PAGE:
tasting test. Therefore, the varieties used in the test were ones nor-
mally grown either in the highlands or on the coast during the cool
season, which are currently being used in agronomic trials at San Ram6n.
It is possible that potato varieties adapted to San Ram6n conditions
could also taste better than ill-adapted varieties.
However, despite these biases, the taste trials stimulated an in-
sightful discussion afterwards among participants, concerning their
reasons for reacting the way they did to the samples and about potato
preferences in general. Their comments are summarized below.
a. The most important observation made was that the potatoes from
San Ramon did not taste "bad," nor were they unacceptable for consump-
tion (every single scrap of potato was consumed). They simply tasted
different or not as good as highland potatoes. It is very interesting
that the potatoes which tasted best, the two highland samples, were al-
so those with the better nutritional quality. The highland Mariva had
8.5% more dry matter and 0.5 grs. more protein than the Mariva grown in
San Ramon. The highland Yungay had 6.5% more dry matter and 0.7 grs.
more protein than the Revolucion produced in San Ramon. This would seem
to indicate that for these participants, a good-tasting potato, a more
"floury" potato, is also one that is nutritionally superior.
b. The "ideal" type of potato for these Peruvian consumers is
high in dry matter content, giving it its "floury" taste. This taste is
sought out in potatoes and those which come nearest to the "ideal" type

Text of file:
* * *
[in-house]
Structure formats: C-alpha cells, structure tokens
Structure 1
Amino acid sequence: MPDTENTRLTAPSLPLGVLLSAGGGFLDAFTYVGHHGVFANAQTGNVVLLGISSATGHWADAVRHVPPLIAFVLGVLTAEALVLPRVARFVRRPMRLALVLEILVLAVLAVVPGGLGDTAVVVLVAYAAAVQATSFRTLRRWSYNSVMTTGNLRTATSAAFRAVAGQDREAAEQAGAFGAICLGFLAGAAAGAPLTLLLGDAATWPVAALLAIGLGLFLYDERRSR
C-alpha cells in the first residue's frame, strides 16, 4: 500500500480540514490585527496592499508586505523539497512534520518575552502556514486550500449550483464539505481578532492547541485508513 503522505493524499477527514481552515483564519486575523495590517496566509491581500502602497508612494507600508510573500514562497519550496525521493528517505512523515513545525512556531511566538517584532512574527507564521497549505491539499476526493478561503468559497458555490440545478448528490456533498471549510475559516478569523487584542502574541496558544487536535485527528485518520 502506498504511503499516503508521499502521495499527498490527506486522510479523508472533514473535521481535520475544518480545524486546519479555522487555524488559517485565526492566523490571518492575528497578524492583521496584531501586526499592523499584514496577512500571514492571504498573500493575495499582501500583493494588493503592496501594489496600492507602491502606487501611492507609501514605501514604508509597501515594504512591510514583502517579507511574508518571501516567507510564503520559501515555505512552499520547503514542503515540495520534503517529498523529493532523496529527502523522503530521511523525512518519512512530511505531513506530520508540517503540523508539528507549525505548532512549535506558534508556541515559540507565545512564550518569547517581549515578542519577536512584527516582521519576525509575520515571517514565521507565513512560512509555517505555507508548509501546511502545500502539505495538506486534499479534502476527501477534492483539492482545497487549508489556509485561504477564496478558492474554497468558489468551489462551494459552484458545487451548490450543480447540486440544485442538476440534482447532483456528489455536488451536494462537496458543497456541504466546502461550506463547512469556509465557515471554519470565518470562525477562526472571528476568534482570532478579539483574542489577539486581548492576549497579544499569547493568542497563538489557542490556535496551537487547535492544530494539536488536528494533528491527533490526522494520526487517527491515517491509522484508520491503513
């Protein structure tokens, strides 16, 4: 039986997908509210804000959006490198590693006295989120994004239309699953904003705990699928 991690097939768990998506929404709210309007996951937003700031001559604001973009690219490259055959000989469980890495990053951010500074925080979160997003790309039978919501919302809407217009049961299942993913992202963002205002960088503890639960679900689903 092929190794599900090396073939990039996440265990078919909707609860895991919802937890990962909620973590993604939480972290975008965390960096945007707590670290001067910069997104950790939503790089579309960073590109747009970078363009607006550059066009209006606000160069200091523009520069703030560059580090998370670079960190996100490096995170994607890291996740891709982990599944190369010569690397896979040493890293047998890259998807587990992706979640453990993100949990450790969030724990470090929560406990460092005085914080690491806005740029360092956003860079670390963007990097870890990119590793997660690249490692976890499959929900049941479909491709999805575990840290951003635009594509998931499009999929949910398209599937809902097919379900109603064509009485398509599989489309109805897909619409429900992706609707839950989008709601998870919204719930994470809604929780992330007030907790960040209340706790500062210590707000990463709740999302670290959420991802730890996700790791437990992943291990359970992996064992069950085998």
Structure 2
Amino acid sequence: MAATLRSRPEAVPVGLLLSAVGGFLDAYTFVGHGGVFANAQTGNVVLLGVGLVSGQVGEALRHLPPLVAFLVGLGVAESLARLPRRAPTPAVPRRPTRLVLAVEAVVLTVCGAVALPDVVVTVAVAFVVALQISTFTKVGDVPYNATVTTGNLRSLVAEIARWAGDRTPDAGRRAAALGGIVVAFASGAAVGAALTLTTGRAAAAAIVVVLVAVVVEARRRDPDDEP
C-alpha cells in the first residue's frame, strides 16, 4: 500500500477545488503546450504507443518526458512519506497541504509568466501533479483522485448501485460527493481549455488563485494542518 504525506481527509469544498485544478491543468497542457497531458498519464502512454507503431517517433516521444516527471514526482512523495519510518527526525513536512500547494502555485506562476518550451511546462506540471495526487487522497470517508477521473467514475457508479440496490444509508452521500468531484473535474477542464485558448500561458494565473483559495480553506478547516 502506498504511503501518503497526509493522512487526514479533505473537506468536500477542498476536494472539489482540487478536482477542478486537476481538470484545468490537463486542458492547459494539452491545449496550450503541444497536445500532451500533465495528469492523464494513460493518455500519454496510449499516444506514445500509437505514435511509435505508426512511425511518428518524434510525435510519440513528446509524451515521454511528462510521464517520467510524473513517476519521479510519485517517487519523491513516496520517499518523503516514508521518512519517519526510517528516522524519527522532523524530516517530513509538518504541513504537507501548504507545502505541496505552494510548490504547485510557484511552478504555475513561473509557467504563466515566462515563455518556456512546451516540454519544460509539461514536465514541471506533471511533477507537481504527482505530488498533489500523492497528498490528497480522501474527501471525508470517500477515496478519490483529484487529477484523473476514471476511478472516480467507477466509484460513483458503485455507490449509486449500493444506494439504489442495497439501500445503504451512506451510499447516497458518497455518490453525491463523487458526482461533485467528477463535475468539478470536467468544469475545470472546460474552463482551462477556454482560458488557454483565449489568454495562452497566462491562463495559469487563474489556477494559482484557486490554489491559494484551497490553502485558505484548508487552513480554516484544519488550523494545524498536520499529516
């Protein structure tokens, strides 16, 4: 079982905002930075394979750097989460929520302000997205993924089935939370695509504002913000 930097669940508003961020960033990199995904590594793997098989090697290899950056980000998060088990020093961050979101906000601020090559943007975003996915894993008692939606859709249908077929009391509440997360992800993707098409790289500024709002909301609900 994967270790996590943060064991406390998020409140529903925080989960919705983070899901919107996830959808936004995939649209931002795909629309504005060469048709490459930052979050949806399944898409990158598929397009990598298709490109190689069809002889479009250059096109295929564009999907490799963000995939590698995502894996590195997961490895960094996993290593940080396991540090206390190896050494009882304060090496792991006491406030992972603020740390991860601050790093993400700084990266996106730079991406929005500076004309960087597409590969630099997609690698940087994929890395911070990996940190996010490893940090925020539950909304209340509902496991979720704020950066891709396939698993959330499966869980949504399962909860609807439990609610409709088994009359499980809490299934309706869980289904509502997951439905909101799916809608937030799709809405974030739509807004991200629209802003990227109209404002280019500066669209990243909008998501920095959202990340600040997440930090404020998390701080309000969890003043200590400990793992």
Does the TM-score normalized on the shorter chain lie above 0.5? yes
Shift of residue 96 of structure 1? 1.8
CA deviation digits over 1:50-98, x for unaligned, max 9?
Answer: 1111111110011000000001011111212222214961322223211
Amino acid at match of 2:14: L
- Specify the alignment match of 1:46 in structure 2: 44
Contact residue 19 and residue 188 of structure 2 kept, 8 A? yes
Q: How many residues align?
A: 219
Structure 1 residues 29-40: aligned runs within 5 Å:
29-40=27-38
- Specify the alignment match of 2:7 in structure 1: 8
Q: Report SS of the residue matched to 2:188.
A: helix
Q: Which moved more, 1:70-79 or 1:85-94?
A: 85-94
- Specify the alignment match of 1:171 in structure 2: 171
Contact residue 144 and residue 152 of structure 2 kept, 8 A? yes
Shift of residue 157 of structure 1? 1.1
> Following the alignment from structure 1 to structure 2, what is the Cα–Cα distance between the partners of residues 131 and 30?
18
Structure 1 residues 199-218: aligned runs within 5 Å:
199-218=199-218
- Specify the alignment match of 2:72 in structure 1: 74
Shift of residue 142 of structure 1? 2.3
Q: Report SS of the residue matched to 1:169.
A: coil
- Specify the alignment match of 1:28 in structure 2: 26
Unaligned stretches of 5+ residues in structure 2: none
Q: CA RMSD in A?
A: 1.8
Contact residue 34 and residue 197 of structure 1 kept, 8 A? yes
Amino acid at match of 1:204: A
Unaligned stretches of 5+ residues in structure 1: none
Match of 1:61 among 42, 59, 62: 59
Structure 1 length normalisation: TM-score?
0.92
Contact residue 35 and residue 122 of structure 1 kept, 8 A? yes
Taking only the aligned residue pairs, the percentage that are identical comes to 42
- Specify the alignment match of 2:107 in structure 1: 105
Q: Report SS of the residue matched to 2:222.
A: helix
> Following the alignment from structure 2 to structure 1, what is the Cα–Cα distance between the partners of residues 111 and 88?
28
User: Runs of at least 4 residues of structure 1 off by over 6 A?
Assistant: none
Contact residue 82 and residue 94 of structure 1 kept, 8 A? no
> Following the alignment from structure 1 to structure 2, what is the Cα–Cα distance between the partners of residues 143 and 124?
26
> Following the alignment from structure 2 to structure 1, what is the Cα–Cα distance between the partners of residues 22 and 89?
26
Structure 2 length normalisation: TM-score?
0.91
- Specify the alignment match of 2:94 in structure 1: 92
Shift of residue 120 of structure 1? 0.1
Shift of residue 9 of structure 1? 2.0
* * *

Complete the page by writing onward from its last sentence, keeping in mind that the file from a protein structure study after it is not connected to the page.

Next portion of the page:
of "floury" taste the best. However, along with this "ideal" type is a
recognition that certain potatoes should be prepared in certain ways.
For boiling, as was done in the experiment, the preferred potato is one
that is "floury." For frying, however, a less "floury," moreaguachenta
or "watery" potato is desired since they normally absorbmore oil. These
same "watery" potatoes are not usually prepared by boiling. The women's
comments support this, since they indicated that the SanRamon potato was
more appropriate for frying, or even pure than for boiling to eat alone.
It seems likely that potato preference according to taste is greatly in-
fluenced by the appropriate cooking technique.*
* It is significant to note from the nutritional analysis that the
values for the highland samples correspond closely to those of Co-
llazos et.al. for the average Peruvian white potato, while the San
Ram6n Mariva values are close to those for the average USA white
potato. In other words, while San Ram6n experimental potatoes do
not conform to the nutritional and taste standards of Peruvian
highland grown potatoes, which form the "ideal" for many Peruvian
consumers, they could be very suitable for areas where consumers do
not have a highland potato for comparison and are used to pota-
toes with a more watery or waxy consistency with a nutritional va-
lue similar to that of USA potaotes.